Why the Beatles Are Still Relevant to Millennials

Author: Danny Abriano, Entertainment

If you turn on Top 40 radio today, you’ll hear lots of different genres. One that isn’t heard much? Rock or Rock and Roll, whichever derivative you want to call it.

Part of that is because of how much music has evolved and how many different genres and sub-genres there are now. And part of it is because there simply aren’t any transcendent rock bands out there right now.

There are some good and even great acts, including The Black Keys and Arcade Fire. There are those who are still touring but removed from their prime, such as U2. And many who are still touring and far removed from their prime, such as Tom Petty, Neil Young and Bob Dylan.

In my opinion, though, there are no acts out there right now in their prime that actually transcend. None who make me think I’ll regret it for the rest of my life if I don’t see them.

Now, why are the Beatles and other classic rock bands still relevant to millennials?

When it comes to the Beatles, lots of things converged to create a once-in-a-lifetime phenomenon.

For starters, they were the first band that actually wrote their own songs. The first popular band that brought true ferocity to the stage. The first band that evolved in a way where their first album is so different than their fifth that it’s nearly impossible to understand their brilliance.

The Beatles also gained popularity in the U.S. and around the rest of the world shortly after the assassination of President John F. Kennedy, giving American youth something to turn to.

Aside from their immense musical talent, though, the Beatles were political. They were opinionated. And sometimes purposefully and sometimes not, they gave young people a reason to feel free. A reason to rebel. A reason to experiment. A reason to hope.

And the above things are eternal and what transcends, making it easy to understand why millennials still identify with the Beatles and why many millennials are more hardcore fans than their parents were.

Other classic rock bands that transcend and are loved by many millennials include Led Zeppelin, The Rolling Stones and Pink Floyd, but the Beatles stand head and shoulders above them.

I work for a Beatles festival, and while fans of all ages attend, it seems some of the most ardent and true fans are millennials.

Why is that?

With youth comes hope, and with the Beatles — who disbanded in 1970 when none of them were older than 30 — there is eternal youth.

The Best Classic Rock Spotify Playlists

Author: Danny Abriano, Entertainment

When people first hear about my taste in music, I’m often told I was born in the wrong generation.

While being born around 1950 (as my father was) and experiencing this music fresh in my teens and 20s would’ve been awesome, it’s great that it’s all at my fingertips now.

And while I prefer vinyl over all else, you can never go wrong with an awesome Spotify Playlist. Here are five of the best classic rock ones out there…

 

Acoustic Classic Rock (user: julesrobinson)

The word ‘acoustic’ doesn’t immediately come to mind when thinking of classic rock, but the era produced a few mainly acoustic acts – such as Simon & Garfunkel and Crosby, Stills, and Nash (featured here).

But even Led Zeppelin, one of the most kickass bands ever, stripped things down every now and then. The classic Going To California is here, as is Over The Hills And Far Away and more.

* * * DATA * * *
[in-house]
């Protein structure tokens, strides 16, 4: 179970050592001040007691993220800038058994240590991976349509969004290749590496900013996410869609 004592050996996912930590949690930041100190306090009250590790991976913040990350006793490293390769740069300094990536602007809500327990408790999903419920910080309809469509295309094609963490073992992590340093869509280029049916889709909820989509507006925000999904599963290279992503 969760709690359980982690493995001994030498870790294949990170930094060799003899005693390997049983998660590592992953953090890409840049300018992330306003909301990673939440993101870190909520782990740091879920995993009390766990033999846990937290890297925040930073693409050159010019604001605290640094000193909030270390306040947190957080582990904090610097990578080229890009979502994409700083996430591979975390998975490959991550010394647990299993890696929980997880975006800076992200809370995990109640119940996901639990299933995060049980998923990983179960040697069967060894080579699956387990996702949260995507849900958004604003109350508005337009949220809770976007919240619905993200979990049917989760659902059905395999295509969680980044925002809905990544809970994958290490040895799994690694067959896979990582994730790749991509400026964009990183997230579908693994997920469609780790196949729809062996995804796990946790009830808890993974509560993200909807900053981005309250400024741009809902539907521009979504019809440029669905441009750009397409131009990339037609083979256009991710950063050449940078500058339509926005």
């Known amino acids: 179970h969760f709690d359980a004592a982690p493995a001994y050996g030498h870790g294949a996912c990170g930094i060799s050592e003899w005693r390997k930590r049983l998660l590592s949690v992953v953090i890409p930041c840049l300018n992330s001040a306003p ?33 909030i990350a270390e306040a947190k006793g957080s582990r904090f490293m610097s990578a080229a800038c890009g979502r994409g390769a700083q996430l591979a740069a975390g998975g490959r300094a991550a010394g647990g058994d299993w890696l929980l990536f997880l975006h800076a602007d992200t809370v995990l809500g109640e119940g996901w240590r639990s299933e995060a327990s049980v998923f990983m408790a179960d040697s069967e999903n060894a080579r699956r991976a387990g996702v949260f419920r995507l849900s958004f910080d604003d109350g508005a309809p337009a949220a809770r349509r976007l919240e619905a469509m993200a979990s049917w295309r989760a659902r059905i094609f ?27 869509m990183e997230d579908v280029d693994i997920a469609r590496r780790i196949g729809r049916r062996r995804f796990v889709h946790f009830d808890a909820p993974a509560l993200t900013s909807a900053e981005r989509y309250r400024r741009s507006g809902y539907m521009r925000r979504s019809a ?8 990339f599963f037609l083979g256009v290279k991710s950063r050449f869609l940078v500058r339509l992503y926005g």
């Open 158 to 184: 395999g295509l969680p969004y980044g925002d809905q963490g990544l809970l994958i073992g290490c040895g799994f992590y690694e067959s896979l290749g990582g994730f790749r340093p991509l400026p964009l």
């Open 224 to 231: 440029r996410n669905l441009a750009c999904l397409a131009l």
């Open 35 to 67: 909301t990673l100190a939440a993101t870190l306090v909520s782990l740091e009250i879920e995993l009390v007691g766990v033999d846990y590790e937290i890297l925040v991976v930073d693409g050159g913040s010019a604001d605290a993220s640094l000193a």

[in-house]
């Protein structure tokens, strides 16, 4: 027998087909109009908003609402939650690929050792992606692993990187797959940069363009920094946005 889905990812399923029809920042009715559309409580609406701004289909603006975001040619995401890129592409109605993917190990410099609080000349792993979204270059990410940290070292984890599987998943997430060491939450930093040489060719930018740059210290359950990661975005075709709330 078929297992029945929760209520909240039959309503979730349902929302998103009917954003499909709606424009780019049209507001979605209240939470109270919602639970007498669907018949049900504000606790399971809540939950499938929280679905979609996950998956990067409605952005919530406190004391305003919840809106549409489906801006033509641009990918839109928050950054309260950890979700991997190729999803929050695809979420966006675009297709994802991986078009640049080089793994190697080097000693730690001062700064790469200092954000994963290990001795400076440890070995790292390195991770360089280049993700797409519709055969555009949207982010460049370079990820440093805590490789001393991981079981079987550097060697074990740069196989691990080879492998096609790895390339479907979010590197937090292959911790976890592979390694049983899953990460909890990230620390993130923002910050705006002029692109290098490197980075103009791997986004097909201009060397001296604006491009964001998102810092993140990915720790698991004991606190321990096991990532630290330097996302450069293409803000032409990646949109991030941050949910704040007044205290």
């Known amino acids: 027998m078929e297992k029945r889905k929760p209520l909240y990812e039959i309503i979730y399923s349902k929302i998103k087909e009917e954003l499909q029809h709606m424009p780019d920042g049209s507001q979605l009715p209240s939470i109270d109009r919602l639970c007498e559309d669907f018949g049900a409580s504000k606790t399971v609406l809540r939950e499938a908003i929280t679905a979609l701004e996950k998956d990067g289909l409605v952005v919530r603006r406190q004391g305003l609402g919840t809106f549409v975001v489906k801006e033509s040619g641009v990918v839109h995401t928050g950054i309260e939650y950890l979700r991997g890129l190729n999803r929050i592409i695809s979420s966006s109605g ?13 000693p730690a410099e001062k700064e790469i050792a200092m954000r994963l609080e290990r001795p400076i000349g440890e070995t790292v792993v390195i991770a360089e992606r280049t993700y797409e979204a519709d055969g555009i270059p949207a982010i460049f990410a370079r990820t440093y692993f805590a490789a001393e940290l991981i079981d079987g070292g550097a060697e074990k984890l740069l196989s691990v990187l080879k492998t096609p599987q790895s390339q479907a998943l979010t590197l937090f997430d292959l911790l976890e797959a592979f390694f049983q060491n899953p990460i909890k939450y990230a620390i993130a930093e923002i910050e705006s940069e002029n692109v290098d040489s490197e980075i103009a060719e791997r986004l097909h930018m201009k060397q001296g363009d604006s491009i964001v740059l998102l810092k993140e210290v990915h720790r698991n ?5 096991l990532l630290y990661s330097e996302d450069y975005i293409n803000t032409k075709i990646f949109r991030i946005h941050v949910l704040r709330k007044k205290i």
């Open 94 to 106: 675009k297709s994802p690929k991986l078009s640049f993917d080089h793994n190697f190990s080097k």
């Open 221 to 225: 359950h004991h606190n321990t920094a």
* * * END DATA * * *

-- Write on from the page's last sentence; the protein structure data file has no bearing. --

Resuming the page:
Also included are lesser-known but revered songwriters such as Harry Chapin and Jim Croce, as well as Joni Mitchell, Bob Dylan, Jackson Browne and others.

 

Classic Rock Workout (user: dannyschwartz25)

If you’re heading to the gym, working out at home, or just want something to amp you up, this playlist is for you.

I’ll admit, though, that the presence of songs from the Rocky IV soundtrack is what first attracted me to this playlist. But it’s awesome.

Also included are songs from Queen, Journey, Boston, Van Halen, BTO, Aerosmith and more.

One of the highlights here is the Beastie Boys’ Fight For Your Right, which is technically rap, but has classic rock elements. Just a great inclusion.

 

Classic Rock Greatest Hits (user: Scott Pruden)

I couldn’t possibly write this article without including a playlist that has tons of songs from the Beatles, and this one has over 60 of them – roughly a quarter of the bands’ catalogue.

The Beatles tracks here run the gamut, from their early Beatlemania days to the much more involved tracks on the Abbey Road LP.

While I’m going on about the Beatles, check out ten of their most under appreciated tracks.

Other highlights of this playlist include plenty of songs from The Band (whose members don’t always get their due), Billy Joel, Pink Floyd, The Rolling Stones, Roy Orbison and Badfinger – whose last surviving member, Joey Molland, performed at The Fest For Beatles Fans a few weeks ago in Chicago.

 

Classic Rock Road Trip (user: Daniel Fanaroff)

When I think of road trips and the summer, The Eagles are the band that comes to mind. And lots of their classics, such as Hotel California, Peaceful Easy Feeling and Tequila Sunrise are included here.

Another one of my favorite tunes – Into The Mystic by Van Morrison – is the first song on this playlist.

Also included here are tracks from Bruce Springsteen (whose storytelling style fits perfectly), AC/DC, The Allman Brothers, Cream, Tom Petty and more.

 

Classic Rock (user: Filtr Finland)

This article couldn’t possibly be complete without tracks from Jimi Hendrix, whose All Along The Watchtower and Foxey Lady can be found here.

The amazing and oft-overlooked ELO also has three tracks here, including the incredible Mr. Blue Sky.

Rounding this playlist out are songs from Lou Reed, The Romantics and Santana – whose set at Woodstock is one of the best things you’ll ever see.